Definition of Mortise

1. Noun. A square hole made to receive a tenon and so to form a joint.

Exact synonyms: Mortice
Generic synonyms: Hole
Group relationships: Mortise Joint, Mortise-and-tenon Joint
Derivative terms: Mortice, Mortice



2. Verb. Cut a hole for a tenon in.
Exact synonyms: Mortice
Generic synonyms: Cut
Derivative terms: Mortice

3. Verb. Join by a tenon and mortise.
Exact synonyms: Mortice
Generic synonyms: Bring Together, Join
Derivative terms: Mortice

Definition of Mortise

1. n. A cavity cut into a piece of timber, or other material, to receive something (as the end of another piece) made to fit it, and called a tenon.

2. v. t. To cut or make a mortise in.

Definition of Mortise

1. Noun. A hole that is made to receive a tenon so as to form a joint ¹

2. Verb. To make a mortise. ¹

¹ Source: wiktionary.com

Definition of Mortise

1. to join or fasten securely [v -TISED, -TISING, -TISES]

Medical Definition of Mortise

1. A cavity cut into a piece of timber, or other material, to receive something (as the end of another piece) made to fit it, and called a tenon. Mortise and tenon, made with a mortise and tenon; joined or united by means of a mortise and tenon; used adjectively. Mortise joint, a joint made by a mortise and tenon. Mortise lock. See Lock. Mortise wheel, a cast-iron wheel, with wooden clogs inserted in mortises on its face or edge; also called mortise gear, and core gear. Origin: F. Mortaise; cf. Sp. Mortaja, Ar. Murtazz fixed, or W. Mortais, Ir. Mortis, moirtis, Gael. Moirteis. Source: Websters Dictionary (01 Mar 1998)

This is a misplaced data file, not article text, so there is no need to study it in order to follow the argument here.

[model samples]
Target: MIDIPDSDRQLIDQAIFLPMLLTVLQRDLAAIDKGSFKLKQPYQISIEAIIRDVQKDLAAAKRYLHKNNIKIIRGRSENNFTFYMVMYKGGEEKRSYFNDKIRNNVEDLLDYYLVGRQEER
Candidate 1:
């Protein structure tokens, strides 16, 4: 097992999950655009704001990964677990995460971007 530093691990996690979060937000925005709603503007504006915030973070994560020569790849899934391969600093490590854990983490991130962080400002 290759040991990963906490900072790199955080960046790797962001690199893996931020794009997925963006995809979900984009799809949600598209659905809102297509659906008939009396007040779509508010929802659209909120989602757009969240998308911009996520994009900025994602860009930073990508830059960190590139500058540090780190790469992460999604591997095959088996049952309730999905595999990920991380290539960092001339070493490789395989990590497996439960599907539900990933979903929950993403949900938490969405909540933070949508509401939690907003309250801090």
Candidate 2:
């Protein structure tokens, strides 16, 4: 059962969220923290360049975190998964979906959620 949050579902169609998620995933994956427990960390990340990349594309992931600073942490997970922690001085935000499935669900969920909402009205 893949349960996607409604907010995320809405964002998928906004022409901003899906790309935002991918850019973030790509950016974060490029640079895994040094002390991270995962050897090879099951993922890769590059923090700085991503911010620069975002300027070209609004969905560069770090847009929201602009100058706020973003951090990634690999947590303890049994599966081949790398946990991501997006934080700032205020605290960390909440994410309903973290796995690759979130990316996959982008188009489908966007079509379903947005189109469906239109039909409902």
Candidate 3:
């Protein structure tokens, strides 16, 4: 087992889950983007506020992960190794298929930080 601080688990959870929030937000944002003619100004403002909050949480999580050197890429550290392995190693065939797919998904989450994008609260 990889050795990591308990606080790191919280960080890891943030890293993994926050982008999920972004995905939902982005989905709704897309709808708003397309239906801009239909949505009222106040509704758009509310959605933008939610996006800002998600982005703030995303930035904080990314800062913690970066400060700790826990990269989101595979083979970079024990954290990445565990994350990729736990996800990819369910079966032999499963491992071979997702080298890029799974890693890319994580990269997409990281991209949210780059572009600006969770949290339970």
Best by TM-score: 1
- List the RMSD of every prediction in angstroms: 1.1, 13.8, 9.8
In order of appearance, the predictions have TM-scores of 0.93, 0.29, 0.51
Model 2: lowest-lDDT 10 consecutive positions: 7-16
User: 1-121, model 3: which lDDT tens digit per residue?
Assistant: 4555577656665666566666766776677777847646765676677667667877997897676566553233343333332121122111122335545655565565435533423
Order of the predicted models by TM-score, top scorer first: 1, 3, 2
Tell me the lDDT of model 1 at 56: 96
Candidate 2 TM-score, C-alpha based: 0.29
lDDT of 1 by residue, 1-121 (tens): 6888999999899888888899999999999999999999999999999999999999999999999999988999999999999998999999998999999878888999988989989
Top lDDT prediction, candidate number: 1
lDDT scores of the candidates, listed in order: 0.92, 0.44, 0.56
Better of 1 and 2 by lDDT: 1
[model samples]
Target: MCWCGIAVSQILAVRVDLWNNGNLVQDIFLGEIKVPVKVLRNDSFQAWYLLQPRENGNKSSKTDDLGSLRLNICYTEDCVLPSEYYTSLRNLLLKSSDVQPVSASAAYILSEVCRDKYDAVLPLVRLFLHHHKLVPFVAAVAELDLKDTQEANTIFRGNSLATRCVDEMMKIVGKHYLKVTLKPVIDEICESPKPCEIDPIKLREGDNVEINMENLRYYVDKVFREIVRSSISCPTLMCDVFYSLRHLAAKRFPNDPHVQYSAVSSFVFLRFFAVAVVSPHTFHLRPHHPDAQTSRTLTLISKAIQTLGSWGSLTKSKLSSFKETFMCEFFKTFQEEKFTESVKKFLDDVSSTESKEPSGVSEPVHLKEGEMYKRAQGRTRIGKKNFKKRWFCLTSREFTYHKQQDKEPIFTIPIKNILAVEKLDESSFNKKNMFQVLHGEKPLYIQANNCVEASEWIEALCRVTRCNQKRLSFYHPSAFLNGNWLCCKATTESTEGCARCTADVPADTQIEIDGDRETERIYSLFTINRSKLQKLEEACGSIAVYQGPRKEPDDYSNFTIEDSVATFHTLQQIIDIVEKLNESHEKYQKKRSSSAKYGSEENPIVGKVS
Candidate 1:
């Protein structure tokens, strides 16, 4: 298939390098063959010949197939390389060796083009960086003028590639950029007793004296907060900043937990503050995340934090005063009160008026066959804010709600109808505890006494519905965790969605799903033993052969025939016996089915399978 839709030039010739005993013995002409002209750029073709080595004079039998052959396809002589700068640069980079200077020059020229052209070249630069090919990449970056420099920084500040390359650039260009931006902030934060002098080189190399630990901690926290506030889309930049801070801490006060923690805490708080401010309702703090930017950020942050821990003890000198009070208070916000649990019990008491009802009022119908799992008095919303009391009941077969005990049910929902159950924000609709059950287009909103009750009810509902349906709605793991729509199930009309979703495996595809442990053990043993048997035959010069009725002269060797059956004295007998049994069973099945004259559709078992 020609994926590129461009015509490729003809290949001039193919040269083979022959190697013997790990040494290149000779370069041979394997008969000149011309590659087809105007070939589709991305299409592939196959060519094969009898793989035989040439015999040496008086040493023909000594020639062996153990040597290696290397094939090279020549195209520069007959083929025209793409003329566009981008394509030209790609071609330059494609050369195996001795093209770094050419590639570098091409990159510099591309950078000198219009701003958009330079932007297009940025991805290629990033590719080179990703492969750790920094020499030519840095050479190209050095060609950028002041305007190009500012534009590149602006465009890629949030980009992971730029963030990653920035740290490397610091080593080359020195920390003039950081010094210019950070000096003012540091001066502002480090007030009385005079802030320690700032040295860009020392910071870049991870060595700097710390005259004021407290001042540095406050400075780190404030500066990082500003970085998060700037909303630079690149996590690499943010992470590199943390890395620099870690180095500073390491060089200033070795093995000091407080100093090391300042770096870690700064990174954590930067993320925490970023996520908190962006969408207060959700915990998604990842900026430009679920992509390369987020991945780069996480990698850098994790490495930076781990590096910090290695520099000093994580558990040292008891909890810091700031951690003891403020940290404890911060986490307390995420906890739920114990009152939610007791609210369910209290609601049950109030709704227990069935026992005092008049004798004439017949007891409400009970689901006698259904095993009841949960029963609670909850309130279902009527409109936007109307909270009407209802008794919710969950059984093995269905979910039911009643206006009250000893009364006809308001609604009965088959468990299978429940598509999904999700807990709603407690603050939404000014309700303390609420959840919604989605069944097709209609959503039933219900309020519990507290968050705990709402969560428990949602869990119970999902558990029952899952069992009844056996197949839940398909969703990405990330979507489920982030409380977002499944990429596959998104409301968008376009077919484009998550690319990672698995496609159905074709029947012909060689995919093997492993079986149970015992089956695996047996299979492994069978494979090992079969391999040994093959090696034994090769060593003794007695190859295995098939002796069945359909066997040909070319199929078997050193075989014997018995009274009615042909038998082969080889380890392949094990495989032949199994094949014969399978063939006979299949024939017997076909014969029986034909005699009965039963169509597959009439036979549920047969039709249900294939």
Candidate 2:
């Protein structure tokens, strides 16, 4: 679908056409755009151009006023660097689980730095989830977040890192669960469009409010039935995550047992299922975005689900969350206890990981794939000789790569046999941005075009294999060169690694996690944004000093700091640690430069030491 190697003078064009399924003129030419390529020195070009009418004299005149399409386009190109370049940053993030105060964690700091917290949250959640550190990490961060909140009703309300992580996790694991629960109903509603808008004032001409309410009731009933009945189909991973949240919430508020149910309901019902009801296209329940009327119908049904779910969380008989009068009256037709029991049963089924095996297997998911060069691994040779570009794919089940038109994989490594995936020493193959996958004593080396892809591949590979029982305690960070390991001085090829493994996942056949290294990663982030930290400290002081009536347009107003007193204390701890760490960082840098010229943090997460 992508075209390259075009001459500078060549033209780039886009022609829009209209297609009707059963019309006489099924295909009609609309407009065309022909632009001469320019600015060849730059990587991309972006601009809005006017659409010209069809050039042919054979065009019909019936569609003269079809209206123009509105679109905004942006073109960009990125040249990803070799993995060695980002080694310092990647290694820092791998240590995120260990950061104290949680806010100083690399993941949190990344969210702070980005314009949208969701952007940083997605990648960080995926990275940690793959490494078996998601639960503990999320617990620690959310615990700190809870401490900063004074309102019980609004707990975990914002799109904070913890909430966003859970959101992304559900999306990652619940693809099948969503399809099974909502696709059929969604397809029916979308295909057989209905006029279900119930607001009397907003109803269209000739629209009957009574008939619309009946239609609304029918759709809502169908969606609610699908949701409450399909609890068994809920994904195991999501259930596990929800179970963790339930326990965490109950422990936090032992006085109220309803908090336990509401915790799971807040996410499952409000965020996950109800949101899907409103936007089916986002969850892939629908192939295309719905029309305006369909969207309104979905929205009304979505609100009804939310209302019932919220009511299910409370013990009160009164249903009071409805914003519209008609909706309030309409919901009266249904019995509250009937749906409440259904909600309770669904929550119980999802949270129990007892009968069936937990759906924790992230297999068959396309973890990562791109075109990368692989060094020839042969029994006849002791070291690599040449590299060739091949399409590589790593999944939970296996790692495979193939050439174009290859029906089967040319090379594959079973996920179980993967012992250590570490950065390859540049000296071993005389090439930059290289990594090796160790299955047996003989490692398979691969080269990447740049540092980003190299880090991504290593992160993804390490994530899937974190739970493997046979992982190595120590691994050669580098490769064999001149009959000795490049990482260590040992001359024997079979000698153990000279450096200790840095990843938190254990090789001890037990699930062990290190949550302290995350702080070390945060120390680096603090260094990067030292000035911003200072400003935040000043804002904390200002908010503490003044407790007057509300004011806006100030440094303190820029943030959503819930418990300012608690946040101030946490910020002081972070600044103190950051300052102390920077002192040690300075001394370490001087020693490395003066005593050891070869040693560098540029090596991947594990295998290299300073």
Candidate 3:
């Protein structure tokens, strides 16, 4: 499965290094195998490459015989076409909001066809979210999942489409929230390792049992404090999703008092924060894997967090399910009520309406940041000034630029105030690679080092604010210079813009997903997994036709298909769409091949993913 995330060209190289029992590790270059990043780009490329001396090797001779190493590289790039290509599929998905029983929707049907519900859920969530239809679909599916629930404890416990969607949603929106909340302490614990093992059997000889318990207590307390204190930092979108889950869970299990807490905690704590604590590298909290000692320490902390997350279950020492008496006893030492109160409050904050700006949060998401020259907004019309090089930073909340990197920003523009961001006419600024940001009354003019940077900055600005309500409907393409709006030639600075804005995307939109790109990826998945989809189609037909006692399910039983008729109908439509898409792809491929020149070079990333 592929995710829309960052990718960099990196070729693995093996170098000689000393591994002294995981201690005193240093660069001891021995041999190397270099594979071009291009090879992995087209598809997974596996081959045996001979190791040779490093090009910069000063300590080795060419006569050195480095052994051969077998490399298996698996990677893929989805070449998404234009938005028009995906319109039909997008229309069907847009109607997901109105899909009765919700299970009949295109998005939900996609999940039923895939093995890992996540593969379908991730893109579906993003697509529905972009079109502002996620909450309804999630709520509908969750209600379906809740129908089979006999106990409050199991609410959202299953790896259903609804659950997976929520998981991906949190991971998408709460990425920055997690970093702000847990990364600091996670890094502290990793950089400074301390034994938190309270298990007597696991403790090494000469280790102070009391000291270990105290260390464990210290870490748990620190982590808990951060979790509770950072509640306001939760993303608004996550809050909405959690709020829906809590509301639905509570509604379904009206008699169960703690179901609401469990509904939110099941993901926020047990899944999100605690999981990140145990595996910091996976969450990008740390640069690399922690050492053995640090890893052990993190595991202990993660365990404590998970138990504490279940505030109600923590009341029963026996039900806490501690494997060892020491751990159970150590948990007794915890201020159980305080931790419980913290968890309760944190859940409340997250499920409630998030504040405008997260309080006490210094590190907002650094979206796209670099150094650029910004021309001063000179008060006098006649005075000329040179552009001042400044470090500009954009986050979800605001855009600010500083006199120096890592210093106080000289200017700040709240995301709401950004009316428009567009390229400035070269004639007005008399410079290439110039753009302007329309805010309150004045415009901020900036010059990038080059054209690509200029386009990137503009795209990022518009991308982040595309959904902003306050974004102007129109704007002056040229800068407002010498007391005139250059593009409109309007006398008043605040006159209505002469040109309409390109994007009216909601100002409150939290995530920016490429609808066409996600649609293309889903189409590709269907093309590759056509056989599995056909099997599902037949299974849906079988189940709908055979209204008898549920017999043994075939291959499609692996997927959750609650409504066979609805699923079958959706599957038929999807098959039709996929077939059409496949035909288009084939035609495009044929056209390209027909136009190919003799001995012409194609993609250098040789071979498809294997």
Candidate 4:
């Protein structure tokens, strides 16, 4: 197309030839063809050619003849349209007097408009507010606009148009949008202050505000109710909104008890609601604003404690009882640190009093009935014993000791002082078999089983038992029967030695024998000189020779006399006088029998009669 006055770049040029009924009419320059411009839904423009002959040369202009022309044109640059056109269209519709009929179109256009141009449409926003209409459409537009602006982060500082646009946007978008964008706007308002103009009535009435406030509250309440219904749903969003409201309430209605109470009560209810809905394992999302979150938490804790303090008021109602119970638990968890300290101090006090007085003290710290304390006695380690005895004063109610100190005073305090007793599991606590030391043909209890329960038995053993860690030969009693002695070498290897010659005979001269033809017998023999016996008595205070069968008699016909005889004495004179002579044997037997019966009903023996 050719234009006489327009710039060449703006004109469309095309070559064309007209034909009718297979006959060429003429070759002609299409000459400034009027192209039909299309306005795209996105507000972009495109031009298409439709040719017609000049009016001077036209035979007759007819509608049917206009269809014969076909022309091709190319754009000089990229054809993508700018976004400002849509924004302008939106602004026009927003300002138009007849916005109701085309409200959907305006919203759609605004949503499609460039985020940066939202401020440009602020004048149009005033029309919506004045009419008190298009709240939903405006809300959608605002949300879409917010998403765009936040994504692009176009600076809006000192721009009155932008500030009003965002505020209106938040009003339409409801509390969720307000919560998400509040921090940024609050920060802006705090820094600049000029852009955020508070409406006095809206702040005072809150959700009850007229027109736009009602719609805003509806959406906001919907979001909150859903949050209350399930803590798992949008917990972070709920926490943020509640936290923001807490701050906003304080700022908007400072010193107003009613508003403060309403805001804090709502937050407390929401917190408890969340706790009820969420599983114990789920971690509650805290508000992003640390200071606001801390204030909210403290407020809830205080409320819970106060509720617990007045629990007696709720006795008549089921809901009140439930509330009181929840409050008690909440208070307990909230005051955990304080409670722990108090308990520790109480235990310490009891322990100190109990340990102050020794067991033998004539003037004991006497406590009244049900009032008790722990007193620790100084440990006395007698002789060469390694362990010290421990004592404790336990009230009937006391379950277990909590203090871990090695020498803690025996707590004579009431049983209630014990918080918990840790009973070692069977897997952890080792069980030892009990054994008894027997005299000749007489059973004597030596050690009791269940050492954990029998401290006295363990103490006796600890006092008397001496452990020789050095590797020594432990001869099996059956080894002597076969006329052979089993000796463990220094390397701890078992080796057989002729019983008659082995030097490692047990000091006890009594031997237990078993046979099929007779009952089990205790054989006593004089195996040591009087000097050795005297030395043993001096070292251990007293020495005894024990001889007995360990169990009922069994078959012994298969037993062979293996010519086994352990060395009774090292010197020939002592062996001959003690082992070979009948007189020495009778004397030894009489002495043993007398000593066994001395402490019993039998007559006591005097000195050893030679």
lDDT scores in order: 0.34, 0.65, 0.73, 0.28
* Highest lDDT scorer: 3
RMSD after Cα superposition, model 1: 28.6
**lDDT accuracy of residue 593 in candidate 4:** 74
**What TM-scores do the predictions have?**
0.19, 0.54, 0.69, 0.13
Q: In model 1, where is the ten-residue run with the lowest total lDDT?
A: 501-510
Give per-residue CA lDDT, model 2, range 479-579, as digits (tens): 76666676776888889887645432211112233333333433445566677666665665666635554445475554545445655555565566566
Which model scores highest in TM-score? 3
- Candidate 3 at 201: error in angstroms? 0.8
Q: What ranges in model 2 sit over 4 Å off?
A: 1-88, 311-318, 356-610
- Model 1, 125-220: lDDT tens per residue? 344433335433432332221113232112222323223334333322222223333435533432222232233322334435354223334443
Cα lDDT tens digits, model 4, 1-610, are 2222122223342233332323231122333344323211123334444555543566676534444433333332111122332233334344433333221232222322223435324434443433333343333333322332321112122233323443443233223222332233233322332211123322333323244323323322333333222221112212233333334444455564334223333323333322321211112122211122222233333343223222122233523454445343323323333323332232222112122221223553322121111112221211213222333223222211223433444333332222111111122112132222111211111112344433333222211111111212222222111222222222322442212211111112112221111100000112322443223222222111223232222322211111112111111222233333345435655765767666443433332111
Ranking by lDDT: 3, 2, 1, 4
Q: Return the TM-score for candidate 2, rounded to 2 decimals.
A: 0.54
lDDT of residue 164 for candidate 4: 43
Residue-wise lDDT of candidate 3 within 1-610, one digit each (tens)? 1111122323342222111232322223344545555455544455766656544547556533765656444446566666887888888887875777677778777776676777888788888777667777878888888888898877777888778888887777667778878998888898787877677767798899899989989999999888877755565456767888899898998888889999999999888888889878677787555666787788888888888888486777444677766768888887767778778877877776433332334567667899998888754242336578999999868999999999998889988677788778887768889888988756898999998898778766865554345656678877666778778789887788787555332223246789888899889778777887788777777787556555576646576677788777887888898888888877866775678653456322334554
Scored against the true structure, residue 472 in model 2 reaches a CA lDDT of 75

Mortise Pictures

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Lexicographical Neighbors of Mortise

morticians
morticing
mortiferous
mortific
mortification
mortifications
mortified
mortifiedness
mortifier
mortifiers
mortifies
mortify
mortifying
mortifyingly
mortis
mortise (current term)
mortise-and-tenon joint
mortise-and-tenon joints
mortise joint
mortised
mortiser
mortisers
mortises
mortising
mortling
mortlings
mortmain
mortmains
mortmal
mortpay

Literary usage of Mortise

Below you will find example usage of this term as found in modern and/or classical literature:

1. Handwork in Wood by William Noyes (1910)
"to begin at the middle of the mortise, placing the chisel—which should be as wide as the mortise—at right angles to the grain of the wood. ..."

2. Spons' Dictionary of Engineering, Civil, Mechanical, Military, and Naval by Edward Spon, Oliver Byrne (1874)
"The mortise-and-tenon joint is the principal of the greatest number of the ... In the simplest case of tenon-and-mortise joint the two pieces of wood meet ..."

3. Structural Details: Or Elements of Design in Heavy Framing by Henry Sylvester Jacoby (1909)
"mortise-AND-TENON JOINTS. In a joint of this type a tenon or rectangular projection on the end of one timber is inserted into a socket or mortise in the ..."

4. Inspection of the Materials and Workmanship Employed in Construction: A by Austin Thomas Byrne (1898)
"The mortise is a rectangular hole cut to receive the tenon, the sides of the ... The tenon is usually made a little shorter than the depth of the mortise, ..."

5. Exercises in Wood-working: With a Short Treatise on Wood; Written for Manual by Ivin Sickels (1889)
"Construction of a mortise-Joint. Materials.—The sticks of Exercise 9, after cutting off the half- joint. Work.—To unite the pieces with a through ..."

6. Exercises in Wood-working, with a Short Treatise on Wood: Written for Manual by Ivin Sickels (1889)
"To unite the pieces with a through mortise-joint. Hold the pieces in the position shown in Fig. 1, with the faces toward you. The upper is to have a tenon ..."

7. Essentials of Woodworking: A Textbook for Schools by Ira Samuel Griffith (1908)
"Haunched mortise - and - Tenon.—A groove must be plowed the full length of a piece to work it to ... The mortise should be cut before the groove is plowed. ..."

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